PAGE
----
6.   Mercer University is owned by the Georgia Baptist Convention.  Thus the SBC has no authority or responsibility for the school.  It is affected, however, because of its cooperative agreement with the Georgia Baptist Convention.

Many men in the SBC are upset about the heresies contained in Godsey's book, but the steps which have been taken to deal with it are only half measures. The book was pulled from the shelves of most bookstores operated by the Southern Baptist Sunday School Board, but the store owners were told they are free to order the book.

7.   Since the SBC has no authority over or responsibility over Mercer University or the Georgia Baptist Convention, the only recourse the SBC has, therefore, is to pull the books from stores or schools owned by the SBC, and to make formal protests to its partner convention, the Georgia Baptist Convention.  They are of course free to use all the moral persuasions and arguments to persuade Mercer and GBC to take the necessary steps.  The point of discipline, however, is the GBC.

Mention of the book stores brings up another question here.  In a society, and a Christian tradition such as the Baptist one, which values an informed membership, is the purpose of a book store
(1) to make materials available for individual critical study and evaluation, or to
(2) determine what books people should be able to choose?

It appears here that the principle on which the decision was made was two-fold.
(1) LifeWay Christian Stores (a commercial agency of the Southern Baptist Convention, unsupported by SBC funds) would not endorse and recommend the book (consistent with the "official" view of the leadership – the SBC never voted on this); and
(2) the elected leadership of the SBC would not infringe on the individual freedom and spiritual responsibility of pastors or members to seek the book out, consistent with the services advertised by Lifeway Ministries bookstores.

These two reference points seem consistent with both the Baptist tradition and the broad feeling toward this book at the time.

Autonomy of Churches and Individual Conventions

There have been attempts since 1987 to have Godsey step down, but the fact remains that this man has been the head of one of the SBC's most influential schools since 1979, and he is still the head of the school. [My emphasis]

8.  Mercer is not one of the SBC's schools.  This is important in Southern Baptist polity, and clearly understood.  Mercer, and all regional schools are owned and operated by state conventions or local associations, and have no relationship to the SBC other than fraternal relations to the level of interaction they choose.

Autonomy of local churches and the corollary autonomy of the various fellowships of churches from one another are guarded and honoured in our Baptist tradition.  (I admit that this tradition is weakening under the current leadership of the SBC, who have a tendency to make decisions from the top and try to impose them upon churches, but the formal patterns of relationship and cooperation have not changed yet.)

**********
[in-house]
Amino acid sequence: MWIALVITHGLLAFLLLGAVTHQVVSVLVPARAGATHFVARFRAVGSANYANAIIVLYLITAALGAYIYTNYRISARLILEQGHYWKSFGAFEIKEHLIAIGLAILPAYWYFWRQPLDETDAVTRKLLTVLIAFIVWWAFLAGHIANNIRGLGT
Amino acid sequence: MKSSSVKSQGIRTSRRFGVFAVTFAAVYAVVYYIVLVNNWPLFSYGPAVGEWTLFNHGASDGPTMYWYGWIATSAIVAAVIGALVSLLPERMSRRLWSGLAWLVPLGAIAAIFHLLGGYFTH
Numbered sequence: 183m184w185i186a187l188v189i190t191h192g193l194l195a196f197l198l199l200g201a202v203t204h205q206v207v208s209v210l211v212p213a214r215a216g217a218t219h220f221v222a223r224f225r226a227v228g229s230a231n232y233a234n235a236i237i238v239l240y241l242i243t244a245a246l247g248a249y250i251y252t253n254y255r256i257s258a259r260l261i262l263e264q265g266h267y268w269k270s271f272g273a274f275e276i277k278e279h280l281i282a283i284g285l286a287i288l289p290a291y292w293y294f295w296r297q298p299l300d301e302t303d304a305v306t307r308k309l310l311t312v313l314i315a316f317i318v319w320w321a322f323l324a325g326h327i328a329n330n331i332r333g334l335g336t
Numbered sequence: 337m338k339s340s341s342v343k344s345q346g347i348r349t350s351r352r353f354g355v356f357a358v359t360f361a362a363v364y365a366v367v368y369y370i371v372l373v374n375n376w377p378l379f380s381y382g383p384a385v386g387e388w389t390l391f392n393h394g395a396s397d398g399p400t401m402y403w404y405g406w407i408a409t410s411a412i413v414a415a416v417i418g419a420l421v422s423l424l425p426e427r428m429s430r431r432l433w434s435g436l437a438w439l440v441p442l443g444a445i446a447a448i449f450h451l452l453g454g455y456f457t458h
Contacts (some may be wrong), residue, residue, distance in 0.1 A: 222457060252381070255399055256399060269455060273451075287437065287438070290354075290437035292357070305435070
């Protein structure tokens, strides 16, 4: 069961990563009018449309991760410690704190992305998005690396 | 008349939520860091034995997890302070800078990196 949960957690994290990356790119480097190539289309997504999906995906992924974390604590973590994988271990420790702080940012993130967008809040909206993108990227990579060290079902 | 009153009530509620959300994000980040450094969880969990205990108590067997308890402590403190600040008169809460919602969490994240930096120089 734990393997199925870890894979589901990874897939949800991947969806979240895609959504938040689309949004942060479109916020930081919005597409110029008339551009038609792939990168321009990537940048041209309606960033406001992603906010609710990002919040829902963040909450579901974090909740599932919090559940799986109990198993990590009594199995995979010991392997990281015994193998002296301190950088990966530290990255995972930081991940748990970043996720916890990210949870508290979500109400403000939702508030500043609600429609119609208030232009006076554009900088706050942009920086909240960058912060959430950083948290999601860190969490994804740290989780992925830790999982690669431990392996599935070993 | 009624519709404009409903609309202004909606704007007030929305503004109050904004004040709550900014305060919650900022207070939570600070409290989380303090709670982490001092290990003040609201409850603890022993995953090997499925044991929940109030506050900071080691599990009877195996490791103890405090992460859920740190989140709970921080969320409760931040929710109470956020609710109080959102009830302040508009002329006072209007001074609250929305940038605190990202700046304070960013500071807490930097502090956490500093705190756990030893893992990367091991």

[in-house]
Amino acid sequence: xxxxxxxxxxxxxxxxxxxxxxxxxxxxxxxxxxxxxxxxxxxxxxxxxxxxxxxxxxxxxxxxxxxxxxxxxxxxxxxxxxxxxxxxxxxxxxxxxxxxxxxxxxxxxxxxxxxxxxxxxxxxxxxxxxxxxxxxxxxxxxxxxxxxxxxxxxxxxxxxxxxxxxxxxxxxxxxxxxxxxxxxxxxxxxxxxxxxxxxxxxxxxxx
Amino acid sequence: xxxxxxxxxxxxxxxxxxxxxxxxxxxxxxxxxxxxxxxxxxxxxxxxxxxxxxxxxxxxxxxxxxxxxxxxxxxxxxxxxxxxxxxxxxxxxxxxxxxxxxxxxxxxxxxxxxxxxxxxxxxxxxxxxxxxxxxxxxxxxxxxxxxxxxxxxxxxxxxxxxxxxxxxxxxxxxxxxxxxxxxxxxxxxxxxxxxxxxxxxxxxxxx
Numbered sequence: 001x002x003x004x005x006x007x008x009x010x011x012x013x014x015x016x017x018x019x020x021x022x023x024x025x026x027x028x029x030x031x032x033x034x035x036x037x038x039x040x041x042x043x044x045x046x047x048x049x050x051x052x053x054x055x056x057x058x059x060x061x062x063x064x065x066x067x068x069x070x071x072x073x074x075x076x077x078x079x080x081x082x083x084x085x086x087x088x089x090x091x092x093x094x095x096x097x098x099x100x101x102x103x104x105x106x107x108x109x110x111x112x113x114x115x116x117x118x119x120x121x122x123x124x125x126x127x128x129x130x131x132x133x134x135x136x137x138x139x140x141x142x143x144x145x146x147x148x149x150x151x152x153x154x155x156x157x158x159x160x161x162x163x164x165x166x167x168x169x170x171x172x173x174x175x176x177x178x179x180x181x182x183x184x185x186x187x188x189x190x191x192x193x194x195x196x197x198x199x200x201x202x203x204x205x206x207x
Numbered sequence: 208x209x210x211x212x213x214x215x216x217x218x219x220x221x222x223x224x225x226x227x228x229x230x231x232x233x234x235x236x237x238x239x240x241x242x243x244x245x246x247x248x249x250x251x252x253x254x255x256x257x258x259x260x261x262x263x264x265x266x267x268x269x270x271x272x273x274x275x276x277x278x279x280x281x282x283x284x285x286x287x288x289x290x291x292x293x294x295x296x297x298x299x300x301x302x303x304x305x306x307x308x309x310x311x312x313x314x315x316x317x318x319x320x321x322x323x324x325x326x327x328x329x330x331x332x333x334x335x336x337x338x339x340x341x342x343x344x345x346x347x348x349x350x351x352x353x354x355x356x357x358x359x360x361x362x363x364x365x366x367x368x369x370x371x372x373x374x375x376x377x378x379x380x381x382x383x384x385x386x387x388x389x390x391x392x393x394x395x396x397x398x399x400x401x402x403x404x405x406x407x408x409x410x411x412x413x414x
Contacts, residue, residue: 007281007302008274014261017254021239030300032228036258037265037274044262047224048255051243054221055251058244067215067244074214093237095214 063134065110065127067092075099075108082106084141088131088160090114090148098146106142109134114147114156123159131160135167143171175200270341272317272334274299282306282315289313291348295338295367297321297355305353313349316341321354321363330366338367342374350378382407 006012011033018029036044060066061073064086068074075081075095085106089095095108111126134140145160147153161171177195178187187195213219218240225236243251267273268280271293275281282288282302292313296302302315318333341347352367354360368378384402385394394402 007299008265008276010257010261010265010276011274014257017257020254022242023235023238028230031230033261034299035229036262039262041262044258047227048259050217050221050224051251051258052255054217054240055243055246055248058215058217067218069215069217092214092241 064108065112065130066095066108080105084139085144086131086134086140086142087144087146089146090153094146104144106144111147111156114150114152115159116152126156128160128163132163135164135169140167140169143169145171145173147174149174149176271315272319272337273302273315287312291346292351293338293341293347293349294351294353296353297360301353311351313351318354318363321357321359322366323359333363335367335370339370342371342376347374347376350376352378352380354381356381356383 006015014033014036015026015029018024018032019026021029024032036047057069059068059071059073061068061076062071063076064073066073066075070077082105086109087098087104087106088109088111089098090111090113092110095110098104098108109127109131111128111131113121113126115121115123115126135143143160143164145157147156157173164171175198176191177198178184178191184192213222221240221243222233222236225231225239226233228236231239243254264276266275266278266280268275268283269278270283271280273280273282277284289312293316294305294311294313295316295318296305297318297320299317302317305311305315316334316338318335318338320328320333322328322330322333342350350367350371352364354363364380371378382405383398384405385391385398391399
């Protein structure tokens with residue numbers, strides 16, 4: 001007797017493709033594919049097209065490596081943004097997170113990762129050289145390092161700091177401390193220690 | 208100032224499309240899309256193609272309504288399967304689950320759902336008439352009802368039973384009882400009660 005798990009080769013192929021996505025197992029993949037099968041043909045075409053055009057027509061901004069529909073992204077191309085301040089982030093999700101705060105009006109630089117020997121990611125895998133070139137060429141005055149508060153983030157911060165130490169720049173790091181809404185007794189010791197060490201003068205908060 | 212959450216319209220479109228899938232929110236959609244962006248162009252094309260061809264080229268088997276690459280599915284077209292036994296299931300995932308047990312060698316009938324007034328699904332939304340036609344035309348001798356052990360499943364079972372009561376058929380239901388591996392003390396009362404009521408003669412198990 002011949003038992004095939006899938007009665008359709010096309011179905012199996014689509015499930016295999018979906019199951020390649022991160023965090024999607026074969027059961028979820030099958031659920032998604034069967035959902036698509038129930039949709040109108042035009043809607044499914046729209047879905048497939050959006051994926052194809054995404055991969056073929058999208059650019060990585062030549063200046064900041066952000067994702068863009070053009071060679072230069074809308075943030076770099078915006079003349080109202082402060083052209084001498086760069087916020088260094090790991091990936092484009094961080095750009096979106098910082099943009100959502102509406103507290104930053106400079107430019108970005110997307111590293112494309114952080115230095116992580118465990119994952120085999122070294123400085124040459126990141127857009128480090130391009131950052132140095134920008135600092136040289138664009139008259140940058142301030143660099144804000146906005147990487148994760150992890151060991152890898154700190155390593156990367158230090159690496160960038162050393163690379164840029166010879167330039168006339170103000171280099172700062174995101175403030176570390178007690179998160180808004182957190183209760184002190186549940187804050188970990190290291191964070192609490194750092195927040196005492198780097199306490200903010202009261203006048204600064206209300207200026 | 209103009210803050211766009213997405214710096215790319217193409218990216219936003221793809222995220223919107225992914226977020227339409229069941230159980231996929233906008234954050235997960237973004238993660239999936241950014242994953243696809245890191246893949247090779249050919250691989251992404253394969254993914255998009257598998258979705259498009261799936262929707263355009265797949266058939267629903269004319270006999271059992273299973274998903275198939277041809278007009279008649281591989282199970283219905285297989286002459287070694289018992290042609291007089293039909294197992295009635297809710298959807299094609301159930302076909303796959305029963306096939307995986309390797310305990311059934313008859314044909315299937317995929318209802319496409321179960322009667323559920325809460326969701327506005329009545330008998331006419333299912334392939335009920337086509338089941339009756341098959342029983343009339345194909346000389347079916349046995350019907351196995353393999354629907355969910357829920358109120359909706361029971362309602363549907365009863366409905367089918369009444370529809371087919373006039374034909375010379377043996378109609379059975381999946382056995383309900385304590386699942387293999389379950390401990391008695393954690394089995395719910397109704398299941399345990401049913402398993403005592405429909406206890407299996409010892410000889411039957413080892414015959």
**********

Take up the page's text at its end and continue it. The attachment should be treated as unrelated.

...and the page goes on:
No SBC Cooperative Program Funds go to Mercer

Hundreds of thousands of dollars of SBC Cooperative Fund money have gone into the pocket of this one heretic alone.

9.  No SBC money goes to Mercer or any other college/university.  The full support of the school comes from Georgia money (plus any private gifts).  It may look the same to you, but there is a clear distinction within the SBC and its partner conventions.  The SBC is not composed of state conventions, but is a cooperative agency for churches who represent directly in its annual meetings.

The SBC is Funded by State Conventions
The SBC has cooperative agreements with state conventions for ministries of common interest and for cooperative funding agreements, by which the state conventions agree to forward a portion of general offerings to the SBC.  The SBC is prohibited from direct solicitations for funds.

General mission offerings are also managed by these cooperative agreements.  Thus Georgia money is managed in Georgia and then a portion is sent to the SBC for it to use for its agreed ministry areas.  The SBC has no "Cooperative Program funds" until a state convention send them some.  These funds have nothing to do with whatever uses state conventions might make of offerings from their churches.

Autonomy – A Baptist Non-Negotiable
I can understand how an important concern like this might make it seem desirable for some national group to have administrative control over some errant local church or agency.  But this violates a very basic principle in Baptist polity:  autonomy of the local church and its corollaries.

An associated working corollary of this autonomy is expressed in the constitutional principle among Southern Baptists that each convention or association is "autonomous in its own sphere."

Healthy Exchange of Views
Of course, as Baptists, we are free, and encouraged, to make our views known and to persuade others of our points of view, and this informal fraternal pressure is an important part of New Testament discipline.  This autonomy and this discipline are both important and vital New Testament principles.

It will be helpful if these points of polity are kept in mind and references try to reflect these considerations as clearly as possible.

Orville Boyd Jenkins
Above points originally written from Nairobi, Kenya, in 1996
Updated and slightly expanded for this article.

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Second Stage